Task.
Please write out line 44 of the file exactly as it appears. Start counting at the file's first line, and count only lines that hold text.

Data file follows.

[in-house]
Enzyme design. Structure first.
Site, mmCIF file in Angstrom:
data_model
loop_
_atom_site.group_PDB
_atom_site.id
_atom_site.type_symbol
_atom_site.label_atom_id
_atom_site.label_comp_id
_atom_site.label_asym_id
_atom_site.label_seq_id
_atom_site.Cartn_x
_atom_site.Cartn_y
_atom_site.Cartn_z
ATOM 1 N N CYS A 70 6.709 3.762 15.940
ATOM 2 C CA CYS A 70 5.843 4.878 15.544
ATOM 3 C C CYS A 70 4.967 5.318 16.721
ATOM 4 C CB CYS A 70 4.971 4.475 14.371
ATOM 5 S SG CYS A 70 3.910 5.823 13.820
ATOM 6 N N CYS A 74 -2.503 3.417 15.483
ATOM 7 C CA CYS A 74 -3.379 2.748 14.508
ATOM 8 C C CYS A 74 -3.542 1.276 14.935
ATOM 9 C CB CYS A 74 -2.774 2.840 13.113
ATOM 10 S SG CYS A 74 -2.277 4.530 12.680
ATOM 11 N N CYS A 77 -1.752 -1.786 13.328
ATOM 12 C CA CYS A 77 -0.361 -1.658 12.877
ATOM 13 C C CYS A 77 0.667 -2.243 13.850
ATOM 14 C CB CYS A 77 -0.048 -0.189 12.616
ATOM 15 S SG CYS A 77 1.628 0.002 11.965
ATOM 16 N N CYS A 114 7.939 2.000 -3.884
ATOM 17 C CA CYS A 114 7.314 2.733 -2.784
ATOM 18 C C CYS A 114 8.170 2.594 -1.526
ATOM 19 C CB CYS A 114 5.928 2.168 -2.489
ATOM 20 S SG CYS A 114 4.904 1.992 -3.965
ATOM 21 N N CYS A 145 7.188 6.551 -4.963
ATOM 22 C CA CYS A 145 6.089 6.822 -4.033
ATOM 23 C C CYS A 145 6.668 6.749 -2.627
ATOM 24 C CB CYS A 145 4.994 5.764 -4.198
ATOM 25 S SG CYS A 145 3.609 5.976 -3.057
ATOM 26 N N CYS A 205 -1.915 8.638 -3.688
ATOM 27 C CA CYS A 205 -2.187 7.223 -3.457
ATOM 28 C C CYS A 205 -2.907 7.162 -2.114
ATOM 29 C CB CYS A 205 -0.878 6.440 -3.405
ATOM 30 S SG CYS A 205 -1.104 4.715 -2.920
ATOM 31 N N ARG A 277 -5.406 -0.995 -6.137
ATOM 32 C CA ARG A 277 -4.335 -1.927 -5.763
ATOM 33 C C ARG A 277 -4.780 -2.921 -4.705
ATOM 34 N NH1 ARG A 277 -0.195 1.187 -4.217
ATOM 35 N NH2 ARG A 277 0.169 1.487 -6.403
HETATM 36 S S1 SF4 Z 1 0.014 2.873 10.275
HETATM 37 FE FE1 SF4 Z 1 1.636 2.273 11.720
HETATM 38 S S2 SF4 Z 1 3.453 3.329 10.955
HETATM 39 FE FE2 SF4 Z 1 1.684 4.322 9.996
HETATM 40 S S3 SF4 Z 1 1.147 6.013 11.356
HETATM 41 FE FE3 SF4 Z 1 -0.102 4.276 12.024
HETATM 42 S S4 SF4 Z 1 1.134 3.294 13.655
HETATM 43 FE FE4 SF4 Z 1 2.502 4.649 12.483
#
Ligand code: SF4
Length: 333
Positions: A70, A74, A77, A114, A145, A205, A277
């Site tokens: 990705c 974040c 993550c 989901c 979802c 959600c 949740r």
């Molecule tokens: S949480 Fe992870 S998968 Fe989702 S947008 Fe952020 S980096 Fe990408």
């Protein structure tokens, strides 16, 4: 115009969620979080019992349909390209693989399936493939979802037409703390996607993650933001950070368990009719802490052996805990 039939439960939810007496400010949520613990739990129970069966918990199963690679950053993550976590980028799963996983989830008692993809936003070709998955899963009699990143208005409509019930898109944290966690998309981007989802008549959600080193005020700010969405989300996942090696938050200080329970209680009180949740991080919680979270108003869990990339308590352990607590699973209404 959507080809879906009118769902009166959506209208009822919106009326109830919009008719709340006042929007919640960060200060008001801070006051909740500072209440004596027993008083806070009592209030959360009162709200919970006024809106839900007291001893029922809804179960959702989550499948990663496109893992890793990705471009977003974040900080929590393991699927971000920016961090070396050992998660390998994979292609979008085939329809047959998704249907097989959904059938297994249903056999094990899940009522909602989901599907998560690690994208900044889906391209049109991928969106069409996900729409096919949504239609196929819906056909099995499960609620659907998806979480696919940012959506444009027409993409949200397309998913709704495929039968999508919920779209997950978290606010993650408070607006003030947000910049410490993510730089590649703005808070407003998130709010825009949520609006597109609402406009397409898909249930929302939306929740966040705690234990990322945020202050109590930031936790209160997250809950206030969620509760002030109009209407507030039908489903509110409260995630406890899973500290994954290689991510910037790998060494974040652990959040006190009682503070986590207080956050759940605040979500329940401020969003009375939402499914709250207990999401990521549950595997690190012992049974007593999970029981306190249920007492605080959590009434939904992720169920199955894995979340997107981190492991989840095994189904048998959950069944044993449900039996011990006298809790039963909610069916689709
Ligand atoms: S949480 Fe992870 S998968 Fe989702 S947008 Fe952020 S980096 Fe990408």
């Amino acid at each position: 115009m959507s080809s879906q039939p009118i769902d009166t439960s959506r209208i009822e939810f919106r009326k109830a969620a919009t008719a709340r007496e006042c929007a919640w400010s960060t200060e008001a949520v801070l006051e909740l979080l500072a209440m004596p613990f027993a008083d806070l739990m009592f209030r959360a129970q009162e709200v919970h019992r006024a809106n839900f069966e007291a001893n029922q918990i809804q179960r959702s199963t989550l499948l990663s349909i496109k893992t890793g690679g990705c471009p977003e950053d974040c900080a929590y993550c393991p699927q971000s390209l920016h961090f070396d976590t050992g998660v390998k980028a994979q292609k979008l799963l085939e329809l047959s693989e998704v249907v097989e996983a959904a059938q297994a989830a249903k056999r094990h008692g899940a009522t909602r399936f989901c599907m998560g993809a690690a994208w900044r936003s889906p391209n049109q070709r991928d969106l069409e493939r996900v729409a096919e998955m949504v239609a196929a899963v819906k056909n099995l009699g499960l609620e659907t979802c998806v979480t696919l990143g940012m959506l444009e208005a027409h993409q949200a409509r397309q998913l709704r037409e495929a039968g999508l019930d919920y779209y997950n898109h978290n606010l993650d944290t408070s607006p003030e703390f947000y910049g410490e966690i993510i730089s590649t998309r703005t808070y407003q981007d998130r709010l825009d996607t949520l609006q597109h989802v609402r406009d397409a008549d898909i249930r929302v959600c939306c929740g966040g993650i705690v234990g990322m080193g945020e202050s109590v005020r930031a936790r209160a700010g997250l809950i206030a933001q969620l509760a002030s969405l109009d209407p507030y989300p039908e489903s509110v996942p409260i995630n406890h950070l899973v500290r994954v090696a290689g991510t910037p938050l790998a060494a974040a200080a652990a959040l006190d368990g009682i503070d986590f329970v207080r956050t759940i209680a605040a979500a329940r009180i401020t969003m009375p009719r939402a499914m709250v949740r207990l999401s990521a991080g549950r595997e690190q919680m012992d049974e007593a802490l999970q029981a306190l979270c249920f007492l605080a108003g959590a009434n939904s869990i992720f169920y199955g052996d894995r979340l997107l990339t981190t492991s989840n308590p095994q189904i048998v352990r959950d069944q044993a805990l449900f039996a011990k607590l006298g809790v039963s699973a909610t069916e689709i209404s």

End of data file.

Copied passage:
ATOM 29 C CB CYS A 205 -0.878 6.440 -3.405